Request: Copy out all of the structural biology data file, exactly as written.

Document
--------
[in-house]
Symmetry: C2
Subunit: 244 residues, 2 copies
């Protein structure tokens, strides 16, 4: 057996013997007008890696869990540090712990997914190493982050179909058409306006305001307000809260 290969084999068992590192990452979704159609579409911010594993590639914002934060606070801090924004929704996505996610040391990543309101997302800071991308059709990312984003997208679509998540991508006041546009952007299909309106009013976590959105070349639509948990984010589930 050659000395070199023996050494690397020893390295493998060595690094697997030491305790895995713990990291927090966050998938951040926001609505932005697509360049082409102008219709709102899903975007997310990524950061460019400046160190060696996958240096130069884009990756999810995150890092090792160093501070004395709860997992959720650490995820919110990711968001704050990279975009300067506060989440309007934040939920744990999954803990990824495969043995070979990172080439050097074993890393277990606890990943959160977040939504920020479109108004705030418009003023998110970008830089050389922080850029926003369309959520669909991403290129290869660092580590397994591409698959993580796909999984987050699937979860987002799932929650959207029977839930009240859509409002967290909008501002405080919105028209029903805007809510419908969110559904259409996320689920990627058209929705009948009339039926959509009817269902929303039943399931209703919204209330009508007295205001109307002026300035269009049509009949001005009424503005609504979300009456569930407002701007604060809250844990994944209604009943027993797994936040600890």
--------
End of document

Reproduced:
[in-house]
Symmetry: C2
Subunit: 244 residues, 2 copies
């Protein structure tokens, strides 16, 4: 057996013997007008890696869990540090712990997914190493982050179909058409306006305001307000809260 290969084999068992590192990452979704159609579409911010594993590639914002934060606070801090924004929704996505996610040391990543309101997302800071991308059709990312984003997208679509998540991508006041546009952007299909309106009013976590959105070349639509948990984010589930 050659000395070199023996050494690397020893390295493998060595690094697997030491305790895995713990990291927090966050998938951040926001609505932005697509360049082409102008219709709102899903975007997310990524950061460019400046160190060696996958240096130069884009990756999810995150890092090792160093501070004395709860997992959720650490995820919110990711968001704050990279975009300067506060989440309007934040939920744990999954803990990824495969043995070979990172080439050097074993890393277990606890990943959160977040939504920020479109108004705030418009003023998110970008830089050389922080850029926003369309959520669909991403290129290869660092580590397994591409698959993580796909999984987050699937979860987002799932929650959207029977839930009240859509409002967290909008501002405080919105028209029903805007809510419908969110559904259409996320689920990627058209929705009948009339039926959509009817269902929303039943399931209703919204209330009508007295205001109307002026300035269009049509009949001005009424503005609504979300009456569930407002701007604060809250844990994944209604009943027993797994936040600890």